Ford's 1,200 job cuts in Canada said 'devastating'


By Scott Anderson

TORONTO, Jan 23 (Reuters) - Ford Motor Co.'s plan to slash up to 20 percent of its work force in Canada is a "devastating" blow, Buzz Hargrove, president of the Canadian Auto Workers union, said on Monday.

"It's a huge hit for our members," Hargrove told a news conference.

Ford, North America's second-largest automaker, said on Monday it will cut 25,000 to 30,000 jobs and close 14 plants in North America by 2012.

The cuts involve the loss of one shift and 1,200 jobs at the Ford plant in St. Thomas, Ontario, which makes the Crown Victoria and Grand Marquis vehicles.

"It's very devastating for the plant workers and their families and the communities in and around St. Thomas and London (Ontario)," Hargrove said. "The people are committed to the Ford Motor Co. They have won a number of awards in that plant and they were hoping that through all this that Ford would recognize that and get a new investment and a product line in that facility."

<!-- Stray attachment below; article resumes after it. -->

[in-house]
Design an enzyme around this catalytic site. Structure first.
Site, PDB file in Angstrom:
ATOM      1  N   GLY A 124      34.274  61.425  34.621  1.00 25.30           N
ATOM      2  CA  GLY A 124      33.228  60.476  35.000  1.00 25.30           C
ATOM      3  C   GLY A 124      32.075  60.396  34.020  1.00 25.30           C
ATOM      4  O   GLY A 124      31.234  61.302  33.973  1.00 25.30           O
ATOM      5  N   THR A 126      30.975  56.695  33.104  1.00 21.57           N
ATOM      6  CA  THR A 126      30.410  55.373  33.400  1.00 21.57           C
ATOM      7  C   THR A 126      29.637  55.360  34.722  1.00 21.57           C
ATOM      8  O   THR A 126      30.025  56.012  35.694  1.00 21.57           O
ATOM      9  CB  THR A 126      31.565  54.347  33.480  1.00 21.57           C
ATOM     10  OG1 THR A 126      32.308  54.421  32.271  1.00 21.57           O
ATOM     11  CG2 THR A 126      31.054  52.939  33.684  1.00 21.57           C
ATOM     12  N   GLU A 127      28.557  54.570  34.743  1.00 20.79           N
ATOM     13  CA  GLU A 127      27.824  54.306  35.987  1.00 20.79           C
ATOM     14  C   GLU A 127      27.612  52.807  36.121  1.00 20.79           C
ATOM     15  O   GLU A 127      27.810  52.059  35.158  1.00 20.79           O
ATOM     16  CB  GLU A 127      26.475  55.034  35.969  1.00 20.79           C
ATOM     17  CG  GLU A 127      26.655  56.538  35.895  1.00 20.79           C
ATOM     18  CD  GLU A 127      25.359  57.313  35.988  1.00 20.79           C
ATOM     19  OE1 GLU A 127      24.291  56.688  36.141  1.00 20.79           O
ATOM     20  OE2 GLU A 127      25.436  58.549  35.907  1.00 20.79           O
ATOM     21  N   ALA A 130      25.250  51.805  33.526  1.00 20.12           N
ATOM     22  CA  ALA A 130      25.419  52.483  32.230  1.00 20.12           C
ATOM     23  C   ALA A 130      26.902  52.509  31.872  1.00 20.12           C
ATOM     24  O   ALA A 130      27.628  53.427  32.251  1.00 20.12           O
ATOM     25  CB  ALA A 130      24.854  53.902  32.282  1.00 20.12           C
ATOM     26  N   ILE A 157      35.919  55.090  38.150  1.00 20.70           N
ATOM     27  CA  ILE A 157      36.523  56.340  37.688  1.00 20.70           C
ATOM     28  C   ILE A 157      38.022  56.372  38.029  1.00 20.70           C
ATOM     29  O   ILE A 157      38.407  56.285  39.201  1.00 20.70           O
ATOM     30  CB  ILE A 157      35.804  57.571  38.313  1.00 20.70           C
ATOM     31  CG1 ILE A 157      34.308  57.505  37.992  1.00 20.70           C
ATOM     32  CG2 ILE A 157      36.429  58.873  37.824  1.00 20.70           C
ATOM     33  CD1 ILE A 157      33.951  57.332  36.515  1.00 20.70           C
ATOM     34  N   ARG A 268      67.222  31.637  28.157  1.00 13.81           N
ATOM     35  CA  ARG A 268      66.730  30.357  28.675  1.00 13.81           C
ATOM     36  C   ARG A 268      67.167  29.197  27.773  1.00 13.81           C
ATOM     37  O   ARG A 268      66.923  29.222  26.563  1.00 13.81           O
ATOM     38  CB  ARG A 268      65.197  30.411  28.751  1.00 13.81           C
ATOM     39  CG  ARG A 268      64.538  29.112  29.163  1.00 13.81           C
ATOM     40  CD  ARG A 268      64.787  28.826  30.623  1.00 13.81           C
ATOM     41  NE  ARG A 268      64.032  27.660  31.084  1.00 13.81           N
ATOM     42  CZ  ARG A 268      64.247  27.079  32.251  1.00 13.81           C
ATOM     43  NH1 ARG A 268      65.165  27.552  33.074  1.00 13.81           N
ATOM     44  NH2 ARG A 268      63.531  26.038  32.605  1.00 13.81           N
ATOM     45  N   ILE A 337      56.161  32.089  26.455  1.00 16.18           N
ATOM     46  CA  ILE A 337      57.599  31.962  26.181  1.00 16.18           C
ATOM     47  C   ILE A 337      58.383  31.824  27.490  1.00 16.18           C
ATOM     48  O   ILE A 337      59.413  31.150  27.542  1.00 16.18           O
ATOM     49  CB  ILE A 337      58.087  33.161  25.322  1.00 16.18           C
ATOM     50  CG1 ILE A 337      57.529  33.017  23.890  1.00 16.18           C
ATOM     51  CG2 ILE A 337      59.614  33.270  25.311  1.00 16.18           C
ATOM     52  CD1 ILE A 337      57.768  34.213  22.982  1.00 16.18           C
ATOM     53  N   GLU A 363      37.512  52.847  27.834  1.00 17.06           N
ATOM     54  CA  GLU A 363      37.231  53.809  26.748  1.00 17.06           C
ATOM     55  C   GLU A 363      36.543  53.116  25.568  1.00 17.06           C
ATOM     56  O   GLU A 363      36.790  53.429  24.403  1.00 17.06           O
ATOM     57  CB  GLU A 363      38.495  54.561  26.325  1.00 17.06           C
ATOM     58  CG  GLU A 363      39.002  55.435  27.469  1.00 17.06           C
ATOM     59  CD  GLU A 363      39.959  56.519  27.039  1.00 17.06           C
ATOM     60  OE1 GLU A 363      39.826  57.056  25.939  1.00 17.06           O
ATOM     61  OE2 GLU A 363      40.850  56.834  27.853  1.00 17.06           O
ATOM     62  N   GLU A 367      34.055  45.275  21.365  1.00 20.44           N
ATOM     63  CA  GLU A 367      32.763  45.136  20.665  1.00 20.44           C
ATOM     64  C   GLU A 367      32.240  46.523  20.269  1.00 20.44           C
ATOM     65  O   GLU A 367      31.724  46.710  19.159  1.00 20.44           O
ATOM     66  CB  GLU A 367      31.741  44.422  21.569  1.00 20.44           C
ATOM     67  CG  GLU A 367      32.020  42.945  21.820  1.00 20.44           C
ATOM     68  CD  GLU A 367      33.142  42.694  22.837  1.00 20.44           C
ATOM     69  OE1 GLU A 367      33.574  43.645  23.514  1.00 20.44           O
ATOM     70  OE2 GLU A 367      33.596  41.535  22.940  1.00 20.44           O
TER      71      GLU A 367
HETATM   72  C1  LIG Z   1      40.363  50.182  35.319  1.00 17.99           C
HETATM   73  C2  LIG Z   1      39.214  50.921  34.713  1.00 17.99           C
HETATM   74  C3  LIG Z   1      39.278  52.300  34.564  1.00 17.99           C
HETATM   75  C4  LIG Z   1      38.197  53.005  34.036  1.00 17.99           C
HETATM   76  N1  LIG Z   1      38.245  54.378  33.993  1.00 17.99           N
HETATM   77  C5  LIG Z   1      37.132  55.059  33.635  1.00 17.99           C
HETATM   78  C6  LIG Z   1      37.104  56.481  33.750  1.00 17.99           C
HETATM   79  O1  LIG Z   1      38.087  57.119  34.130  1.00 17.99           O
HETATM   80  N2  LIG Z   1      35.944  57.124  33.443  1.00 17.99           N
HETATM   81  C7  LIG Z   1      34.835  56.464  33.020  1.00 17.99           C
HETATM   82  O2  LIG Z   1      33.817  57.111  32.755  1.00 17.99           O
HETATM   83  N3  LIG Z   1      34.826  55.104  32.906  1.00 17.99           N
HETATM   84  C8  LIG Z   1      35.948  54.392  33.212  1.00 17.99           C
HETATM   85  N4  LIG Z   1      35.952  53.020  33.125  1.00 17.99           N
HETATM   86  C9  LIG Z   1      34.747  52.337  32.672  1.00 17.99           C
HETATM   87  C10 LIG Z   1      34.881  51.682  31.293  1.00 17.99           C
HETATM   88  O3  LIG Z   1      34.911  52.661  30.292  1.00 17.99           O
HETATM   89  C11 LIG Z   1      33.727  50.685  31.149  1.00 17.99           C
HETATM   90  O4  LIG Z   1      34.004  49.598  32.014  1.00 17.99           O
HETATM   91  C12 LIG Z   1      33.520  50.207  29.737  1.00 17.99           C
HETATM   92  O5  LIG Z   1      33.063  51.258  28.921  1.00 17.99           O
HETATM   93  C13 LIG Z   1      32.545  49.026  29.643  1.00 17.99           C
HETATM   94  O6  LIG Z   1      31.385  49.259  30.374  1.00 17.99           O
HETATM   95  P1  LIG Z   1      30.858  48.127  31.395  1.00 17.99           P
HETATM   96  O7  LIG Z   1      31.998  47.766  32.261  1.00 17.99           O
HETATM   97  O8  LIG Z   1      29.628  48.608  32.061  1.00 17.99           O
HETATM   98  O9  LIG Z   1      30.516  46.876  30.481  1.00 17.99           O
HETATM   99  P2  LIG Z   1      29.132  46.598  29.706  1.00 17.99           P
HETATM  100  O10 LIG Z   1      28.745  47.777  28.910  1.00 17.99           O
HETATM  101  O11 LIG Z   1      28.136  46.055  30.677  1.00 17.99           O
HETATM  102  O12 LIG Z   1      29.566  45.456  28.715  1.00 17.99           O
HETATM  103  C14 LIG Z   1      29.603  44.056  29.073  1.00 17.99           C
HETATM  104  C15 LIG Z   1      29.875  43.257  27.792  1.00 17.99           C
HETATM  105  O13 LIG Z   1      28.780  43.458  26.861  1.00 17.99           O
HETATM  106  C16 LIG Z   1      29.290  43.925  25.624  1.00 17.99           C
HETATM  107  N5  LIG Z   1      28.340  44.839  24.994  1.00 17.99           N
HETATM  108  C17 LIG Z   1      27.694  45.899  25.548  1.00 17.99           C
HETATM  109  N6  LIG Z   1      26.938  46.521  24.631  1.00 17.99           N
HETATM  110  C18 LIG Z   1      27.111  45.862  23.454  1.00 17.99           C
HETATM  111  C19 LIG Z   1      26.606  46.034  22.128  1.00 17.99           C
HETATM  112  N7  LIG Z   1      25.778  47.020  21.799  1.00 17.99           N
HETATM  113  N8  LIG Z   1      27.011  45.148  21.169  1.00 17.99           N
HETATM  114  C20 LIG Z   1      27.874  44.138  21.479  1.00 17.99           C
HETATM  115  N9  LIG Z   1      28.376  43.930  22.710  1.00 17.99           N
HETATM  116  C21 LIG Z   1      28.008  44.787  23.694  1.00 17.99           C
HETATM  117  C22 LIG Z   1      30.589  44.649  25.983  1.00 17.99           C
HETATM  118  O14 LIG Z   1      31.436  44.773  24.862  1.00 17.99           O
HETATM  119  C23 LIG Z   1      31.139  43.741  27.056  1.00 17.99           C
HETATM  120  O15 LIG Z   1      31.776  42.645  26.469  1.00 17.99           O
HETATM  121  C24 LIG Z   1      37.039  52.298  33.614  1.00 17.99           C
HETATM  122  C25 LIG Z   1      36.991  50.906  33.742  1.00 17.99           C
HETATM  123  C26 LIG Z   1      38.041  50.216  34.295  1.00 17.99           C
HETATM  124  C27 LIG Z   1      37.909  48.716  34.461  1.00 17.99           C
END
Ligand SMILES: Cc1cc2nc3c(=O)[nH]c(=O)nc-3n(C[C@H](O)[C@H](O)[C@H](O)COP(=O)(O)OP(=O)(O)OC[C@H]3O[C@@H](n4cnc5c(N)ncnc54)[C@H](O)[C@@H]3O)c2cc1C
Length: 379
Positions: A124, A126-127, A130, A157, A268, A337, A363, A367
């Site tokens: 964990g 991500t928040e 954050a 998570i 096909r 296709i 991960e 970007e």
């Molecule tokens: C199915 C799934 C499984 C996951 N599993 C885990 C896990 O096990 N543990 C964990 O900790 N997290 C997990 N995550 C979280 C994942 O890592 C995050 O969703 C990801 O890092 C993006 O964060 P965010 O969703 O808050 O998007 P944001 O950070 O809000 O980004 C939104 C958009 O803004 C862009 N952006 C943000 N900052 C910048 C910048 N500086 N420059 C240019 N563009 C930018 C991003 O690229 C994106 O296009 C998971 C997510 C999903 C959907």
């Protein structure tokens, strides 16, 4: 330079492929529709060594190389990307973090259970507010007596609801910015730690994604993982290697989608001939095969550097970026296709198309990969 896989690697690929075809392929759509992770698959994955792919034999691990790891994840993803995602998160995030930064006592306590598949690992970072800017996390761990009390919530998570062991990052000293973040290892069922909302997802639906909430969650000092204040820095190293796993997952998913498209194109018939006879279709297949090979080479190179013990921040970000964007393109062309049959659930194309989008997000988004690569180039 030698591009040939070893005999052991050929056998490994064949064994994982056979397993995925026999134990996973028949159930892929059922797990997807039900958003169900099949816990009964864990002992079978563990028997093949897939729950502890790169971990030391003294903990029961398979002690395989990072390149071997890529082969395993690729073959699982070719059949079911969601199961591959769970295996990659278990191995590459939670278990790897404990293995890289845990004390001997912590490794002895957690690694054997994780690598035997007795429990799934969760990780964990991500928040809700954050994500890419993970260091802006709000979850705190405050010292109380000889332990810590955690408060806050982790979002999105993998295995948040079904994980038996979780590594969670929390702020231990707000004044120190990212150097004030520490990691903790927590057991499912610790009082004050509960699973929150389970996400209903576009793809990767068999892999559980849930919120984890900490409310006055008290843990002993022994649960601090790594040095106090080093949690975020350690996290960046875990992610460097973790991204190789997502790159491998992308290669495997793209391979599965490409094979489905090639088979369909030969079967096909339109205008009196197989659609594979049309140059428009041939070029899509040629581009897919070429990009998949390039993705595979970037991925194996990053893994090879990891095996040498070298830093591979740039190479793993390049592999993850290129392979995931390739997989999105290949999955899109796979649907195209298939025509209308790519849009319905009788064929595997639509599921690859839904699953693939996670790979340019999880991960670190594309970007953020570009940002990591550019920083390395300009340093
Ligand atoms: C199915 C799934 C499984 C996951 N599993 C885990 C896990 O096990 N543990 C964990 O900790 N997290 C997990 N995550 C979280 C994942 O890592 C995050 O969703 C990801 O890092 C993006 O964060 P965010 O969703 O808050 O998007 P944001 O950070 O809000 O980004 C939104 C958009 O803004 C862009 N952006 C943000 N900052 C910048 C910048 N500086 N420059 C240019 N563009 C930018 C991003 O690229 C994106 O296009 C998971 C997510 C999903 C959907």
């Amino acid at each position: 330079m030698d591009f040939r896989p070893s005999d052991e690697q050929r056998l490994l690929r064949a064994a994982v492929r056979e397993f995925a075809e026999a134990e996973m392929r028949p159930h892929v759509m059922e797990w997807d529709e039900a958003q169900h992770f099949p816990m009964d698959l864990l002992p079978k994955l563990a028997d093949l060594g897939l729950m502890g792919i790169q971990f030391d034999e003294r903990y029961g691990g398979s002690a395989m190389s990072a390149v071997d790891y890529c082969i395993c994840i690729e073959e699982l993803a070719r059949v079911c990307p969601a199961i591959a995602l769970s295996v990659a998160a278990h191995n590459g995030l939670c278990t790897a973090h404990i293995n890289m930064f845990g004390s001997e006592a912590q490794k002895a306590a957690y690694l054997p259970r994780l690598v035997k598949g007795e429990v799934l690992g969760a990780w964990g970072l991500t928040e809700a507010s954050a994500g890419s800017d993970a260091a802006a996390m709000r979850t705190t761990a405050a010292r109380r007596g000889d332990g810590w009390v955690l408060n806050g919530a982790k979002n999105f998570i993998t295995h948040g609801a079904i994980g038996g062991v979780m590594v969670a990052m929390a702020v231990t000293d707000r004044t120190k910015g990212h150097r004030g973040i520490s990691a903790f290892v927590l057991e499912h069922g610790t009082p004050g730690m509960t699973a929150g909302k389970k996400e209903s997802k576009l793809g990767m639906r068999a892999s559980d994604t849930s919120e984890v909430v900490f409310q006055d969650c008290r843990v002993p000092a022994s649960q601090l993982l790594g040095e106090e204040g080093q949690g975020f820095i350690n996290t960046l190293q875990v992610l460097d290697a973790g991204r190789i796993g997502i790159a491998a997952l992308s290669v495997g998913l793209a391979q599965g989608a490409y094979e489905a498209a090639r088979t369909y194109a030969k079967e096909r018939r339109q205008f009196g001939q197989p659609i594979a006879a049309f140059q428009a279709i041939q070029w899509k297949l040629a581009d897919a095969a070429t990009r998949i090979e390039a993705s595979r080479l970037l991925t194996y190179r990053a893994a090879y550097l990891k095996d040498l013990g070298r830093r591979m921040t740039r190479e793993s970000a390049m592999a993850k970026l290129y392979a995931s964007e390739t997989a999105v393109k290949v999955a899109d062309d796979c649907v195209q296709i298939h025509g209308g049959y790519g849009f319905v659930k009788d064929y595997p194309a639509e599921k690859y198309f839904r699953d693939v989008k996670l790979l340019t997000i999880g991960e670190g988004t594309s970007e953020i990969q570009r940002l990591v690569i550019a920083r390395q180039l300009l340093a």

The St. Thomas cuts are in addition to 1,110 jobs to be lost at Ford plants in Windsor, Ontario, under a plan announced last autumn. In June 2004, the company closed its truck plant in Oakville, Ontario.

In 2005, Ford produced 19 percent of its North American vehicles in Canada, down from almost 29 percent 10 years earlier, according to figures compiled by independent auto industry analyst Dennis DesRosiers,

"We have taken a proportional hit here on top of the things that had already happened," said CAW economist Jim Stanford. "There is absolutely no evidence that Canada is getting off light despite the cost advantage. The pain is being felt obviously on both sides of the border."

Hargrove said the fact that the St. Thomas cuts don't take effect until "sometime in 2007" gives the union time to work with the company to soften the blow.

In late November, General Motors Corp. said it would cut nearly 3,900 workers at three of its Canadian plants under a program to shave 30,000 manufacturing jobs all told.

($1=$1.15 Canadian)



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